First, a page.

Crime dramas were huge in the 90s after the success of 'Pulp Fiction'. Quality ranged from stellar to downright awful, but studios kept churning out films that fit the genre probably due to the lack of budget required to make such pictures. The public ate them up for the most part as they were all too excited about viewing the next big film and some of the movies didn't disappoint.
'A Simple Plan' is an example of one of those small films that came out during the end of that era. Bill Paxton plays Hank, an educated man with good values who, with his simpleton brother and the town drunk, stumble upon 4 million in cash in a snow covered plane wreck. Hank argues with his brother and friend that they shouldn't keep the money making the argument that this is thievery. He finds himself losing the debate and curtails his morals for the lure of being a millionaire, something that seems out of reach in his small existence.
The three of them agree to hide the money and wait till spring. After the investigation is over they'll split the money and live the good life. Of course tensions mount as parties get greedy and Hank's wife acts with a cunning not usually associated with women in crime films. Lies are told, murders are committed, and Hank's once firm stance of leaving the money alone falls by the wayside as his values change for the worse.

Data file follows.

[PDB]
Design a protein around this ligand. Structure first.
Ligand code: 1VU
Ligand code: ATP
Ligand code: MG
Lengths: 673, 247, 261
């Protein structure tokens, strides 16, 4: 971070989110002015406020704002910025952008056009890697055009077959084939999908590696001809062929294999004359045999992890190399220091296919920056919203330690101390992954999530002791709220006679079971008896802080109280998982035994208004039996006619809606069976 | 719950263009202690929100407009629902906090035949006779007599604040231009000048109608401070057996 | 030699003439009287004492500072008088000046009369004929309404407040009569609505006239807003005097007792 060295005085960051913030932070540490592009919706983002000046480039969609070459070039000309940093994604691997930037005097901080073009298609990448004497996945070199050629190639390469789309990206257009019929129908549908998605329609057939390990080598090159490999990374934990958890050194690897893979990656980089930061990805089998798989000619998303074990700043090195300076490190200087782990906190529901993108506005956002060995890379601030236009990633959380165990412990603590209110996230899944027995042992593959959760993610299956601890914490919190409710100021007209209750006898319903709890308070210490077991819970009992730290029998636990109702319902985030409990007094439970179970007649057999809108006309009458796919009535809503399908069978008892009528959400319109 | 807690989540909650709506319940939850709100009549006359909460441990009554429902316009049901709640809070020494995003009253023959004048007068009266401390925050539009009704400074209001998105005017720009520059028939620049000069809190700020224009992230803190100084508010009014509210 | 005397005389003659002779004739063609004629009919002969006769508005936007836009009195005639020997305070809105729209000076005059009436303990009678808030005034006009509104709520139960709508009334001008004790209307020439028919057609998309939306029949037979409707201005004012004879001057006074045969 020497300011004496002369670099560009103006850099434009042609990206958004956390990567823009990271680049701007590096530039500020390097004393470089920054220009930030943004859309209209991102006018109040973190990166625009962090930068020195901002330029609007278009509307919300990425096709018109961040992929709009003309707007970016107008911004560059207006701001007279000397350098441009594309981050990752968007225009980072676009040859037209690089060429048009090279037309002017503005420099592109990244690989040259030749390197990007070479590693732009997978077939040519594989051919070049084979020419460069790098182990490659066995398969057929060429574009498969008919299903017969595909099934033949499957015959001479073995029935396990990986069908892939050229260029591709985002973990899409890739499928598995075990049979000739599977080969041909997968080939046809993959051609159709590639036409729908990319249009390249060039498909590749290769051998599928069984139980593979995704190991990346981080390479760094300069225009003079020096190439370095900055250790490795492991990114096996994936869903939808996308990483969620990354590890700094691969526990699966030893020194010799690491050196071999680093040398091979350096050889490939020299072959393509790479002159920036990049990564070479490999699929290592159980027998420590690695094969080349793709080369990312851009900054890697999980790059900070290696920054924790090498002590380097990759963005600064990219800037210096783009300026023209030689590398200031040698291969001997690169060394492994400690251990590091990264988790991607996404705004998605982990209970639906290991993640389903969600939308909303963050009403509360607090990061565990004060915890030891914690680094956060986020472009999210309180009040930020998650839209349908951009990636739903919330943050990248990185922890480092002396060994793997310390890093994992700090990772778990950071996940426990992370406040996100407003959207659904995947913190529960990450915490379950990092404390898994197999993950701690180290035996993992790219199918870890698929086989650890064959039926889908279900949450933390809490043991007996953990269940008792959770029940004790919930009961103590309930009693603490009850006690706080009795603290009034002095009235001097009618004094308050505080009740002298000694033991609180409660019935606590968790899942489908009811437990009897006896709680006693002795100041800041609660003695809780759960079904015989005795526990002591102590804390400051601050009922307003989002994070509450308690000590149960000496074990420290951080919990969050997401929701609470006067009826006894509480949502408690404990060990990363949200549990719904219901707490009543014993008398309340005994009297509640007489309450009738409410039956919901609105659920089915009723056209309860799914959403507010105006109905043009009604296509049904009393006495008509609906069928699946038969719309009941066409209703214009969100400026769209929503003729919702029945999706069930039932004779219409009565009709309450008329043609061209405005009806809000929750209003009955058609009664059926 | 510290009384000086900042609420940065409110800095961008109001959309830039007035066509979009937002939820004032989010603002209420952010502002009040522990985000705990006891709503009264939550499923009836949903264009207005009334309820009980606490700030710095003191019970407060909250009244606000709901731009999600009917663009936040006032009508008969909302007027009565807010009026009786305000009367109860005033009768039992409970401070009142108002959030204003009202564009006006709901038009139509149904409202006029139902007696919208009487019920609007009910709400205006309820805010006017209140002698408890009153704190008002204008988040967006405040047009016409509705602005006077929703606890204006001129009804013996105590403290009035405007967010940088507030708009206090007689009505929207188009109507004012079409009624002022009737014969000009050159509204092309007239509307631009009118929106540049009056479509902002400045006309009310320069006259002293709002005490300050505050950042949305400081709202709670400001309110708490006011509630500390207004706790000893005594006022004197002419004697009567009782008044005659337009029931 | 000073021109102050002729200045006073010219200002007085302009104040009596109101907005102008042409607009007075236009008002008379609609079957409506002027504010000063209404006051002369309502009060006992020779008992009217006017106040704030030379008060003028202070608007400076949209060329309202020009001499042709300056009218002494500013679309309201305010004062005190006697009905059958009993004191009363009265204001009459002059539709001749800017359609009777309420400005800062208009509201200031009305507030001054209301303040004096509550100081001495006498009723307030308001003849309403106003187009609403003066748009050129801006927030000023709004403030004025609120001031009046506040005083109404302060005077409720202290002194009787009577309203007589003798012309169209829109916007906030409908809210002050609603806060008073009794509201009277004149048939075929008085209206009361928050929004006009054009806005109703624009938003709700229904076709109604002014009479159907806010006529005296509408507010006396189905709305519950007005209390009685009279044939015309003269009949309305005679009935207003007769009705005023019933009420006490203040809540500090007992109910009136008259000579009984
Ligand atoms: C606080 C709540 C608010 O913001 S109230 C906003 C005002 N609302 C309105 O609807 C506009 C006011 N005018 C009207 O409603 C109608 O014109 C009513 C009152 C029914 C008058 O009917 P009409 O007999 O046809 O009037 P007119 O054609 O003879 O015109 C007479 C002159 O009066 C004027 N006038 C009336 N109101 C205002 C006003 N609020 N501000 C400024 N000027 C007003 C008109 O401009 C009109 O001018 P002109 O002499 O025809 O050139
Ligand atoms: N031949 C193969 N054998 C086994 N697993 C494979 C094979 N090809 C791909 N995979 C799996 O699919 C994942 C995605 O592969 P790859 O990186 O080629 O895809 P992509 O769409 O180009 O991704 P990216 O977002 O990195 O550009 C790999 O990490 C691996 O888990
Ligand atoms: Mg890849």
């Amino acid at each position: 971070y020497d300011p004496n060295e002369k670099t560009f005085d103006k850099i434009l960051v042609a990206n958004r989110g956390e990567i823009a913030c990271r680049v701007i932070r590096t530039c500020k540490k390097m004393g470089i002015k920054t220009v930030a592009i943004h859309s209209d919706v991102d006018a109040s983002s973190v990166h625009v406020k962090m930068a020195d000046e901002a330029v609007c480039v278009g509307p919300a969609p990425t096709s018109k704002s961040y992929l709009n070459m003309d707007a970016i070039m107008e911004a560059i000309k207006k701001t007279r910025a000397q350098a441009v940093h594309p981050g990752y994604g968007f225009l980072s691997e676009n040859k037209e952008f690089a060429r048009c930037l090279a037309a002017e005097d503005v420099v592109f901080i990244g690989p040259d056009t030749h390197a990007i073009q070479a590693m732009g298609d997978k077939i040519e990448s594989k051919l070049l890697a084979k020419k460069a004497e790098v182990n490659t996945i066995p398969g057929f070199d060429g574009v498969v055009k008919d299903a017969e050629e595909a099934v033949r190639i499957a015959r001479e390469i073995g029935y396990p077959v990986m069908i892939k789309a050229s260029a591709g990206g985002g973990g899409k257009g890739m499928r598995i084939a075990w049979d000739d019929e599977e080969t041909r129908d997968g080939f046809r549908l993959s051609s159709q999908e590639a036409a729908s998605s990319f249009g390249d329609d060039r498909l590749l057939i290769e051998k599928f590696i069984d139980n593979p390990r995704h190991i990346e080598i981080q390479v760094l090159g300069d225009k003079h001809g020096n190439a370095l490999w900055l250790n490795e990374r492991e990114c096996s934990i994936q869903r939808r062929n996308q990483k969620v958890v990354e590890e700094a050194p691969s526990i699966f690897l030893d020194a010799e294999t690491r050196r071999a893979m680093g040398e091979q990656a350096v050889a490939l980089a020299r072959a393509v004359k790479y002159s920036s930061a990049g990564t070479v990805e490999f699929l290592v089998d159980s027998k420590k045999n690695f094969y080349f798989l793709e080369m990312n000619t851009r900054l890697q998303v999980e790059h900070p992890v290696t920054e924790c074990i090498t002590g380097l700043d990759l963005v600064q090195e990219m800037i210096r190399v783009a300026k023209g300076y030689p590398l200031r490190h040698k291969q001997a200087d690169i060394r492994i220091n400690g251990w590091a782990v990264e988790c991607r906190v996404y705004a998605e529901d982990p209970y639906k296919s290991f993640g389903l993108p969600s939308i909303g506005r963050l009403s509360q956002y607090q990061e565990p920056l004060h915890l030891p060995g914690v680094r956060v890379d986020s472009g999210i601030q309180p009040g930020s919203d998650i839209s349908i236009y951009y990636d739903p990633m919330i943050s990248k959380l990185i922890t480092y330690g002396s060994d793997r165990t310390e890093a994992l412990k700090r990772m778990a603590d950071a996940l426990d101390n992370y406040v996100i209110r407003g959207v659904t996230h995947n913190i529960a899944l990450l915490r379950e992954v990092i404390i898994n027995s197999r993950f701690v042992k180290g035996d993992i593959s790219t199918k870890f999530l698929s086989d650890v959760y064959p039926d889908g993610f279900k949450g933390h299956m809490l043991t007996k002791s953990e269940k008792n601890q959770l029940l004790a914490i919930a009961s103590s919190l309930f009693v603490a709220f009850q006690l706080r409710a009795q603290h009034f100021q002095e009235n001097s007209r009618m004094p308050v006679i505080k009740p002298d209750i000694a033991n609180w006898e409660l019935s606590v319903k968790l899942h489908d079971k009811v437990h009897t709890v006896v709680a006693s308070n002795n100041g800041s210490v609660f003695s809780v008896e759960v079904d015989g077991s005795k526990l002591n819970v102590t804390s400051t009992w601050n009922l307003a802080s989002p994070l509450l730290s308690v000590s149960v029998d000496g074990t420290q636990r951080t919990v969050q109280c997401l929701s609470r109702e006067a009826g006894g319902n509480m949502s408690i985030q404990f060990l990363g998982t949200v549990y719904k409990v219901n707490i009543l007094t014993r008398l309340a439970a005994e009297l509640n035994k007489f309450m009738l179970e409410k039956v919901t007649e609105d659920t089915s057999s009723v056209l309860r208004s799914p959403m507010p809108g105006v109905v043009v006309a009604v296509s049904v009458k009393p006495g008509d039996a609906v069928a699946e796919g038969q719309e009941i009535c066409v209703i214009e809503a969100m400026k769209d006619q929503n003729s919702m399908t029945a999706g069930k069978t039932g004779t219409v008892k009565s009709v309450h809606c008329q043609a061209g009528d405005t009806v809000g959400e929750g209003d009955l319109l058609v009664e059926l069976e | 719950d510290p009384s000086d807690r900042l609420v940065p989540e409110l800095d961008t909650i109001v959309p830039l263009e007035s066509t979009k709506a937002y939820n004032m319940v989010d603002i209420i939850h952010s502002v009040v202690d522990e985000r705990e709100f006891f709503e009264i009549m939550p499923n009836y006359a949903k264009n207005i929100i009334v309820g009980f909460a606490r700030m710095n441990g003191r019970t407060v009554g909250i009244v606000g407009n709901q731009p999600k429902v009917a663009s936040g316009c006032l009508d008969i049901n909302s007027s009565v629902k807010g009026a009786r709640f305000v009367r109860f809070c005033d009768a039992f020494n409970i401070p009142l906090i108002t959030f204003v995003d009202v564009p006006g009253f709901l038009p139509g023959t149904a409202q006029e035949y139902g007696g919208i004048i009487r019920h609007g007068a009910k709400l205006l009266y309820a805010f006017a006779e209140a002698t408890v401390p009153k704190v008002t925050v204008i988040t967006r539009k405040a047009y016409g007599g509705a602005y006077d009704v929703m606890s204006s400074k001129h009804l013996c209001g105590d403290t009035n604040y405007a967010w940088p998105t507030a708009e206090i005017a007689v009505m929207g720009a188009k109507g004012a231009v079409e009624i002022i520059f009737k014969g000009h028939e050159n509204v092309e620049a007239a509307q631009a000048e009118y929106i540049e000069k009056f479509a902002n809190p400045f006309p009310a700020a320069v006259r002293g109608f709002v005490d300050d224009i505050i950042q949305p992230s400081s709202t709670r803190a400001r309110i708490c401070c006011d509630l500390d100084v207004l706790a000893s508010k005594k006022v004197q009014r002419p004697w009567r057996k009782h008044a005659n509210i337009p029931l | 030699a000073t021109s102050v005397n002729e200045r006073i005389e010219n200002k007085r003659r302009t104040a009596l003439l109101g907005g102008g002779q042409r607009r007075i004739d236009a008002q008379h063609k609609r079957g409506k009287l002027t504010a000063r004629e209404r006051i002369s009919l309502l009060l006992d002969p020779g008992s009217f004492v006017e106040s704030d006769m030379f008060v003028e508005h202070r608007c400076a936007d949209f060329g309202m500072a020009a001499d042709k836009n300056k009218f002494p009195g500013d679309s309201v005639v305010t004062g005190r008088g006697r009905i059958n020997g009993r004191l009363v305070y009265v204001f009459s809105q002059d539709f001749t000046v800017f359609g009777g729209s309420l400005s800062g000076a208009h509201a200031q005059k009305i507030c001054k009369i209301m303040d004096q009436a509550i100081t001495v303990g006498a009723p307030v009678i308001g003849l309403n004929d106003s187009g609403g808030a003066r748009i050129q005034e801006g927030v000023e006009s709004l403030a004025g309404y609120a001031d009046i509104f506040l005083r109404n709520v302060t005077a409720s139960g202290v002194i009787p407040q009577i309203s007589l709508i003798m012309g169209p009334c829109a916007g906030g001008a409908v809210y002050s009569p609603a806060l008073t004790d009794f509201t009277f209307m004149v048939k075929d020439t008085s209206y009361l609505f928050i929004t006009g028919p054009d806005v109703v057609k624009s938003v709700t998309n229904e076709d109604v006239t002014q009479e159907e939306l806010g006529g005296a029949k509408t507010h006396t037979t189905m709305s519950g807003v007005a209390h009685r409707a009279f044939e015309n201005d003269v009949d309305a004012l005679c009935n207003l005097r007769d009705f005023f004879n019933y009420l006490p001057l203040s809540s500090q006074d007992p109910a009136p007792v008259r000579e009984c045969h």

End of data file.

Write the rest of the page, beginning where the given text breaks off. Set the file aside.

This is hardly an unfamiliar story, but it's a compelling one mostly due to the acting of Billy Bob Thorton. The rest of the cast is reliable, the music is dark and well done, and the dialogue is spot on. While there are a few editing flaws and some leaps of logic are made I would recommend this film for anyone nostalgic for the time when crime ruled the silver screen.
Thanks to SareBeth for submitting this. Wanna see a film reviewed by Wiwille? Drop me an email or comment and you'll see it soon on Erik's Ramblings. Rules are posted here.
"A pre-Spiderman Sam Raimi delivers a stunningly powerful film about the consequences of greed." - Bill Clark